Agile software development meets lean translation managment

Agile software development is de facto standard for today’s software management (at least for web and mobile software). No matter which methodology you are using, a fast feedback loop and continuous releases are big factors for successful products. However, this faster environment introduces new challenges for software development, such as testing, deploying and translating. While testing and deploying are mostly solved thanks to great libraries (e.g. JUnit) or services (e.g. Codeship), translating is still a painful and manual task for many software companies. My guess is because it involves new stakeholders (translators). Hence, a much more complete view must be applied. The problems of translators are very much different from those developer encounter. In this article I will discuss current technologies for localization (i18n) and how they help or hurt a hassle-free software translation workflow.

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Why Lingohub is switching from Ruby on Rails to Java + Spring MVC

Our internationalization plattform Lingohub started as a side project developed solely with Ruby on Rails. I had troubles at that time translating the software I was working on. It became pretty clear that my vision of such a platform goes far more beyond what I could  achieve as a side project. I teamed up with Markus Merzinger (@maerzbow) and Lingohub was born. Markus and I are both seasoned Java Programmers, we together have 20+ years experience working on small and really large Java programs.  We both weren’t Ruby/Rails experts when we started Lingohub, but after working 2,5 years solely with Ruby/Rails I would say our Ruby skills are pretty solid. Nevertheless, we decided to move our entire code base from Ruby Rails to Java/Spring and I want to share with what drove us to do this (drastic) step.

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Rails 3.1 rumors and news about features

Some of you must have heard about keynote that was delivered  on the morning of June 8, 2010 by Ruby on Rails creator, David Heinemeier Hansson. DHH started presentation saying that he did not like to get into “future code” so he would focus on Rails 3 but you know friends, by the end of his presentation, he began to talk regarding what he was hoping to see in Rails 3.1. Isn’t that a pretty interesting matter ??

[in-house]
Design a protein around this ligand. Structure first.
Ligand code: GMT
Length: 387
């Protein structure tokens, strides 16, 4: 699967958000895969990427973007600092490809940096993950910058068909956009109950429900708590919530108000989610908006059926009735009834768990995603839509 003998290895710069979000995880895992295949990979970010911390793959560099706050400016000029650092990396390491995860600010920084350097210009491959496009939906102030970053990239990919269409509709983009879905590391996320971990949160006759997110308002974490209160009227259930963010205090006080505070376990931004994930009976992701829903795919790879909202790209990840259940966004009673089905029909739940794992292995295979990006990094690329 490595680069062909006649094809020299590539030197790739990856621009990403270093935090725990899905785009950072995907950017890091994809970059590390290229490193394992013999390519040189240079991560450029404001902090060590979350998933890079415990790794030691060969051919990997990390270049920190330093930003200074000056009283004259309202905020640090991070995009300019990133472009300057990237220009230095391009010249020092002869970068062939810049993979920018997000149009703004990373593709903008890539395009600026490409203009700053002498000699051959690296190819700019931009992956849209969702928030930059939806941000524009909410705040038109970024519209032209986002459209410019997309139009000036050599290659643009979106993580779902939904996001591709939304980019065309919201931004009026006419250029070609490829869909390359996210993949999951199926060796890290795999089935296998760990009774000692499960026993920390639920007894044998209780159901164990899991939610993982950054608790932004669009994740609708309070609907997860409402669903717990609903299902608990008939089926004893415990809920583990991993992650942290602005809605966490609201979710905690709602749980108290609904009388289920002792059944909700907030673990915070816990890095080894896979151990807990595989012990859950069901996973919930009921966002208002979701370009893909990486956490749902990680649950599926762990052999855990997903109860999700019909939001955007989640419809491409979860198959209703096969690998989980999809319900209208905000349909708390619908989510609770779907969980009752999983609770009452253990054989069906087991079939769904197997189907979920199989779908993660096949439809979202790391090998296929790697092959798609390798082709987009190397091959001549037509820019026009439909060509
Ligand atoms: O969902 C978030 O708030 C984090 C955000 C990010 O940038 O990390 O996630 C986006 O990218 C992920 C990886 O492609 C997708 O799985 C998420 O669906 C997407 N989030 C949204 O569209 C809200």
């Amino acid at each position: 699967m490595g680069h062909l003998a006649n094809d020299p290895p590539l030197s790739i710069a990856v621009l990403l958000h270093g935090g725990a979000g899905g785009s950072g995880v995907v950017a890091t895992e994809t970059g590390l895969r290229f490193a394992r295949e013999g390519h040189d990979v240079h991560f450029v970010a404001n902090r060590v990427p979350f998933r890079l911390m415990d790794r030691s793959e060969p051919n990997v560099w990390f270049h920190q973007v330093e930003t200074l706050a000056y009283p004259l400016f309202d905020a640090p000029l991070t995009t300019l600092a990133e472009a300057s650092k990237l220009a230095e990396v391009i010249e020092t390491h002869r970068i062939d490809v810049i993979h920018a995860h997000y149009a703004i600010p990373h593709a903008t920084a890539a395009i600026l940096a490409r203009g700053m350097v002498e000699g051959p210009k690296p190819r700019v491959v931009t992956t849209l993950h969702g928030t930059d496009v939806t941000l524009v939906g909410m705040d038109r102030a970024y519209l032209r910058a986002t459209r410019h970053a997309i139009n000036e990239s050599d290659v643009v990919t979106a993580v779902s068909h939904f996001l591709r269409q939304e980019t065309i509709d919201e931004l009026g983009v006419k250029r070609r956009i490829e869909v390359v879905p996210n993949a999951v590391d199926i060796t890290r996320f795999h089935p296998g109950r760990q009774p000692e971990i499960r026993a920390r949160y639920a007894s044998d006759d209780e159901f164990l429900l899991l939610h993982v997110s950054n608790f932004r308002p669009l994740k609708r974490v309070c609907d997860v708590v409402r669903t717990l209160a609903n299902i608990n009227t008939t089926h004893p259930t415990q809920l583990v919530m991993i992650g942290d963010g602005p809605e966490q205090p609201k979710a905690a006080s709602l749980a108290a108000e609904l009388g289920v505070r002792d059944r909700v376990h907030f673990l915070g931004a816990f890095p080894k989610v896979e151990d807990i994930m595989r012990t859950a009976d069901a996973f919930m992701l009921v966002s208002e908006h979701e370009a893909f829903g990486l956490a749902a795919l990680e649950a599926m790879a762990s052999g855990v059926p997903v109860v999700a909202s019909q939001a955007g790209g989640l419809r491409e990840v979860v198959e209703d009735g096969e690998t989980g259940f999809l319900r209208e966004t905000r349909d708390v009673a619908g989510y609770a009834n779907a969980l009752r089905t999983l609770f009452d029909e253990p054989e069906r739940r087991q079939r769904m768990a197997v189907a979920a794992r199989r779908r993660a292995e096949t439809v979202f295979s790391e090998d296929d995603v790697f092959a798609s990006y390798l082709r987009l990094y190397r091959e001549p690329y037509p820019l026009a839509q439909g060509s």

One thing Hansson mentioned was that Rails 3.1 should improve the way Rails handles JavaScript, Style Sheets, icons and images.

lets talk about key features of Rails 3.1.0

1. Asset Pipelining
The two important folders of Ruby on Rails code structure are

  • app/ *   ———–  contains technical code
  • public/ * ———  contains code that is used for designing and javascripts
Guess what !! Rails 3.1 will have feature called “Asset Pipelining” in which you can write the code for stylesheets and javascripts in the app/ * folder like this : The prime advantage of using pipelining is that after compilation of these files, your Ruby on Rails application will run on single css and javascript file which is neatly compressed without any kind of extra efforts.


2. Generating Sprites Another feature introduced with Rails 3.1 is about Sprite Generation which is basically a method for combining many graphics into a single image. That single image will be then displayed using CSS.
<% sprite_css(“icons”) %> this code
  • Combines all images of a folder
  • Generates CSS
The advantage of using such technique is to reduce dozens of HTTP requests into one cache-friendly image file.


3. Automatic Flushing The Rails 3.1 feature named “Auto Flushing” helps to boost the performance of Ruby on Rails application. Normally whenever we are downloading any page, there is a two step process:first, all the code gets compiled to generate html view and second, all necessary files like css, javascripts, images are being loaded one by one. Rails 3.1 provides streaming of http response which can be done in more parts. For more information regarding this feature, you can check

Ooh ! How can we forget what people tweets about Rails 3.1 ? I guess this is a cool tweet.

Amazing !!! Isn’t it ??

Sources :

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